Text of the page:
Marketing and the Impact of Empathy

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No amount of marketing material in the world will make a difference if you don’t make that critical connection that says “I feel your pain.”

It doesn’t matter what vehicle you use to get your marketing message across, certain rules still apply. It is interesting to see how those rules change over time. Why do they change? Because the way we understand consumers changes. Countless dollars are spent to determine what makes a buyer buy. How do their brains work? What motivators and tactics are effective? Do you get more flies with honey or…. well, you get the picture.

The more we learn about what motivates the consumer, the better able we are to get them to consume. There are a lot of factors that make it necessary to revisit consumer behavior frequently. As technology changes, the way we communicate changes. There are different ways of getting the message across. There are different channels and outlets to reach our target buyer. Our goal, however, is always the same. We need the customer to buy.

More and more message means less and less time to get in front of your target. Once you are there, you have to make it count. What does this mean? It means you must give them what they want and do it quickly and concisely. Somehow, you must find that magic mix of just enough to interest them, but not too much to frustrate them.

So what is that mix? Just as importantly, how do you – as a consumer – use that understanding to make your own buying decisions? The answer is one and the same.

Back in the early days of the Dot Com Revolution, there seemed to be a competition among tech companies to see who could out-hubris the other. Web sites were filled with bold chest pounding and buzzword laden hype. In the Internet development industry where I worked, we used to call it the BSH Factor, with H standing for Hype. I’ll leave it to the reader to decide what the BS stands for. It was not unusual in those days to leave a website client meeting and ask your coworkers, “So, did you ever figure out what exactly they DO?”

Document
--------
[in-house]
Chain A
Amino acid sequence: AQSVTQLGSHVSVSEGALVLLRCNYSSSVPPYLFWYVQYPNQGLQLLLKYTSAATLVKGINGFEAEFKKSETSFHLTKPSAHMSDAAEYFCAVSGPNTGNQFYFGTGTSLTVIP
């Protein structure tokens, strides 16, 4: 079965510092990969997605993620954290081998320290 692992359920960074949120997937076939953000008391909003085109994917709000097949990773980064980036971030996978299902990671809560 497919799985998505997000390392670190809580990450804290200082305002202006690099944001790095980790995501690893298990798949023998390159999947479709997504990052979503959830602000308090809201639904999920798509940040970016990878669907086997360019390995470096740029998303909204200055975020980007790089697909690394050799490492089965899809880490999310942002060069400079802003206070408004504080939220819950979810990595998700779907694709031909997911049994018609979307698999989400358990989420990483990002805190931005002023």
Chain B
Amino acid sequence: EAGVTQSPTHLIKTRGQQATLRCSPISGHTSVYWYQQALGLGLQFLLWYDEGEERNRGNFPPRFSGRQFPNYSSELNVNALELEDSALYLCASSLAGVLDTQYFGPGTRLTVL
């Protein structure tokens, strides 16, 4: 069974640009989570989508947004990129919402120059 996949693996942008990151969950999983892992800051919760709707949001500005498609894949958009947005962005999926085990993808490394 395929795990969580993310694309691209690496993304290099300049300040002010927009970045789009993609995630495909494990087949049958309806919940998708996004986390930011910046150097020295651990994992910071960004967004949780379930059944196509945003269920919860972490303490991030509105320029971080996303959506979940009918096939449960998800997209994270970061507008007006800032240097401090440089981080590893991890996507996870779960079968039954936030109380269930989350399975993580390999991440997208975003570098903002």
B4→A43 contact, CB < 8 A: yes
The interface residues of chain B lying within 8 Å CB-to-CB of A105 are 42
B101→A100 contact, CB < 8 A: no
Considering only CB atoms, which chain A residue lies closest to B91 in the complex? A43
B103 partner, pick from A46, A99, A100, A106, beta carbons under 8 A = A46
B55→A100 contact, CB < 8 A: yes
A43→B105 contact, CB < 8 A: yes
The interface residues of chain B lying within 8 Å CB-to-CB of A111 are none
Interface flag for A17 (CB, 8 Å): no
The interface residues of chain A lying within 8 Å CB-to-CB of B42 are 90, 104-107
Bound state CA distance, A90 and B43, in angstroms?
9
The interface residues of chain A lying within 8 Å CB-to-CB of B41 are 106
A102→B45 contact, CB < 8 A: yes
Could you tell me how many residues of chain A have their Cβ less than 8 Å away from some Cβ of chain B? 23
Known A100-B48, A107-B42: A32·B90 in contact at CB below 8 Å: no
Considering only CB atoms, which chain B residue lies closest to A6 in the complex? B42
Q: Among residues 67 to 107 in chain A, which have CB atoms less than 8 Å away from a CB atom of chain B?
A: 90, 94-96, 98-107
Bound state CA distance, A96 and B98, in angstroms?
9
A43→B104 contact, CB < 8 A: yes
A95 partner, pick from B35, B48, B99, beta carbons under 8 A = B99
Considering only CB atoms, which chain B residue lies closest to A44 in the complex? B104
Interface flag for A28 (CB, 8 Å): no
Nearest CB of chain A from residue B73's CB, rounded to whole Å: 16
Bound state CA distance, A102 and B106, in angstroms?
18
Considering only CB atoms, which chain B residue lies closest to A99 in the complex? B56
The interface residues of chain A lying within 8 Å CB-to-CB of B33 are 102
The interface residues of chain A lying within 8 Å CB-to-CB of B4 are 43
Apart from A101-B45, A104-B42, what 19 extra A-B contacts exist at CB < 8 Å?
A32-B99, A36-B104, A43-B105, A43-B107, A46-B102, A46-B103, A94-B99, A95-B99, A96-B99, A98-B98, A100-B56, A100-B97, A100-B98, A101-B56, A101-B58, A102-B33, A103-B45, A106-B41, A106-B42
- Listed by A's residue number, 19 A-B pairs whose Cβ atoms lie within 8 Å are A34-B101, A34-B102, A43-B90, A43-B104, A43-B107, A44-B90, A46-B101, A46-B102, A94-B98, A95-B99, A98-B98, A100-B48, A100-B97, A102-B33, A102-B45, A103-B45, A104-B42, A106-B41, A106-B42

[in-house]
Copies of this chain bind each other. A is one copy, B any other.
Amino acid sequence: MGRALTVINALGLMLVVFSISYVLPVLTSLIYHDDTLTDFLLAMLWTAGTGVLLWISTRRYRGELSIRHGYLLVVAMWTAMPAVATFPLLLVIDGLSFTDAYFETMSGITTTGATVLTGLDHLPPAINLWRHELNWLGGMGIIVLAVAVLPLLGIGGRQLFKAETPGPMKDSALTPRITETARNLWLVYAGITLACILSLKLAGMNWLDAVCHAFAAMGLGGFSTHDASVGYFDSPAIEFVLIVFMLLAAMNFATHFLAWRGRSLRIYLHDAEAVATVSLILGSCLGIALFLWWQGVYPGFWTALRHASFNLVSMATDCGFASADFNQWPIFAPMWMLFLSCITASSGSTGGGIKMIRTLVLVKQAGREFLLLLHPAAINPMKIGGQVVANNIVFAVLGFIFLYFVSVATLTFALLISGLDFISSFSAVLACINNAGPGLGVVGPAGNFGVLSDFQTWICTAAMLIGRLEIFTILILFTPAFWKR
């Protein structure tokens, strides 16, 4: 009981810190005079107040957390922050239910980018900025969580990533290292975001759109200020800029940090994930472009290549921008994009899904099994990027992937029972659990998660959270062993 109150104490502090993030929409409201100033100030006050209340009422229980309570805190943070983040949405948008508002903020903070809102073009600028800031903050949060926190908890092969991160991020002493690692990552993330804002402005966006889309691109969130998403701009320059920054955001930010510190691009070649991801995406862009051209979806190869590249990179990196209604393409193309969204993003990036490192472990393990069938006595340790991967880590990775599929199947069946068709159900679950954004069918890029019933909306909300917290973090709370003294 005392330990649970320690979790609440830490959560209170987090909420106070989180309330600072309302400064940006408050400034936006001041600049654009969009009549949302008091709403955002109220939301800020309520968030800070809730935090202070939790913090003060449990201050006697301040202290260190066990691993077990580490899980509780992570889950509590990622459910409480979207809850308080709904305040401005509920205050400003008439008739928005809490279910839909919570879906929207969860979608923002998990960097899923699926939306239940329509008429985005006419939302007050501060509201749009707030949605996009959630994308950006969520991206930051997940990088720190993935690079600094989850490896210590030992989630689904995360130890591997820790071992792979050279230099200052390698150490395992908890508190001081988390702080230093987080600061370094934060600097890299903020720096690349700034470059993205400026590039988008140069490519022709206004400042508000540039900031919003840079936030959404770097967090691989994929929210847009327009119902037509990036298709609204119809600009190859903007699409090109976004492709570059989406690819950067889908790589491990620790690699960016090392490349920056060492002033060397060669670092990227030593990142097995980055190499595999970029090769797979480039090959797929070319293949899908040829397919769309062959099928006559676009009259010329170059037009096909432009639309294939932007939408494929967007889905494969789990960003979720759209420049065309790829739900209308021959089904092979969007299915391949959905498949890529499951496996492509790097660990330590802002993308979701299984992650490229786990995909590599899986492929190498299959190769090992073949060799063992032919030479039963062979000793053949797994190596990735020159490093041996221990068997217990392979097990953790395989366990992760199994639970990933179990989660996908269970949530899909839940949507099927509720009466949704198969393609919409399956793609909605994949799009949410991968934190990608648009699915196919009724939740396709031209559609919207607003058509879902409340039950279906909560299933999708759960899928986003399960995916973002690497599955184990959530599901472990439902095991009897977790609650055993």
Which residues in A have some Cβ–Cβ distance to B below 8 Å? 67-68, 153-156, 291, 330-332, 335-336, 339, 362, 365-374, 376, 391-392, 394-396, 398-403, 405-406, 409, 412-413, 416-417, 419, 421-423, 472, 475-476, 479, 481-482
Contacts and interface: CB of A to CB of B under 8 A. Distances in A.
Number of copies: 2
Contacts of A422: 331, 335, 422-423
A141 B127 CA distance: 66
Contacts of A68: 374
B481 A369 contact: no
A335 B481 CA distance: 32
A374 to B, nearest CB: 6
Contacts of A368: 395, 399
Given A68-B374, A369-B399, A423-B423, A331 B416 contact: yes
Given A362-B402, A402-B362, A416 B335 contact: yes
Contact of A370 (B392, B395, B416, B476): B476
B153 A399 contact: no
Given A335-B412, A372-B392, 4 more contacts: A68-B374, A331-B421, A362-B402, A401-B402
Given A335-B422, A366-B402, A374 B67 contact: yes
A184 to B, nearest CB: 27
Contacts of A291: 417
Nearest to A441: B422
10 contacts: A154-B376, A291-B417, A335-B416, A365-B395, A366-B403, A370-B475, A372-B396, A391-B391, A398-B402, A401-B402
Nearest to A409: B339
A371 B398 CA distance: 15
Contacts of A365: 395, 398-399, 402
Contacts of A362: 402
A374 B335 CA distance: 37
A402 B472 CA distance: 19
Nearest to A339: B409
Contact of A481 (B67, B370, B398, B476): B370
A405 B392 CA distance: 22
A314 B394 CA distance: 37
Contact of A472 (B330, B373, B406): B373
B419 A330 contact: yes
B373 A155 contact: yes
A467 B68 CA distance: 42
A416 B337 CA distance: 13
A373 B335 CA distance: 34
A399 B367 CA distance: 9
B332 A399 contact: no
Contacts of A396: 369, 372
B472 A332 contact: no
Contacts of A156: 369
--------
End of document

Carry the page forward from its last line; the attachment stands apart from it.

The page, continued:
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It became apparent that these websites were never intended for the end-use consumer. They were intended to create synergistic partnerships to empower the dynamic range of collaborative solutions or whatever string of buzzwords sounded the most cool in that moment. They were all out to impress and sell themselves to one another. It was little surprise when the dot com bubble burst because no one was actually selling anything to anyone. Ever.

Flash forward over twenty years and you’d think we’d learn better. We should know by now that the sales pitch has nothing to do with the provider, but everything to do with the customer. No one cares how synergistic your innovative whatever-a-ma-thingies are if they don’t understand how it helps them.

The current trend of website development – and marketing in general – goes back to Marketing 101. What problem are you trying to solve and how will it make your customer’s life better? They don’t care who you are or how you do it, they just want to know that you can and will. They want their problem to go away.

Remember that you have a limited amount of time with your potential customer. They are busy scrolling or scanning or flipping pages, desperately trying to cram in enough information to make a decision. They aren’t just looking for a product or service, they are looking for a connection.

So, how do we make that connection?

In simplest terms, we make that connection by showing empathy. By putting ourselves in the customer’s shoes, we make it about them. We don’t like our own time wasted, why would we waste theirs? They don’t care how wonderful you are, how many awards you have, or your favorite ice cream. They want to know that you understand, and can help them.

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They want to know it clearly and with as few steps as possible. So, here we go.

Start with the problem.

Nothing says “I understand your need” like stating the obvious.

Provide a solution.

Don’t waste time drawing a roadmap. Assure people that you will get them there.

Emphasize the outcome.

Tell them how great it will be when they get there. To every problem, there is an alternate reality that exists once the problem disappears. That is the destination everyone wants to reach.

Call for action.

You can’t get them there is they don’t get on the bus. Make the sale. Get the email address. Schedule the appointment. Whatever thing it is that you must do to secure the customer, that is what you must anticipate from them. Do not be hesitant to ask that they take that important first step.

If you think that it can’t really be as simple as that, ask yourself how you make decisions. Yes, there will always be those who want or need more information. The beauty of the Internet is that there is always more space on the shelf for your material. If you don’t interest them enough to hang around, however, none of that will matter.

No amount of marketing material in the world will make a difference if you don’t make that critical connection.

It will never be about you until your customer knows it’s about them. That is the impact of empathy.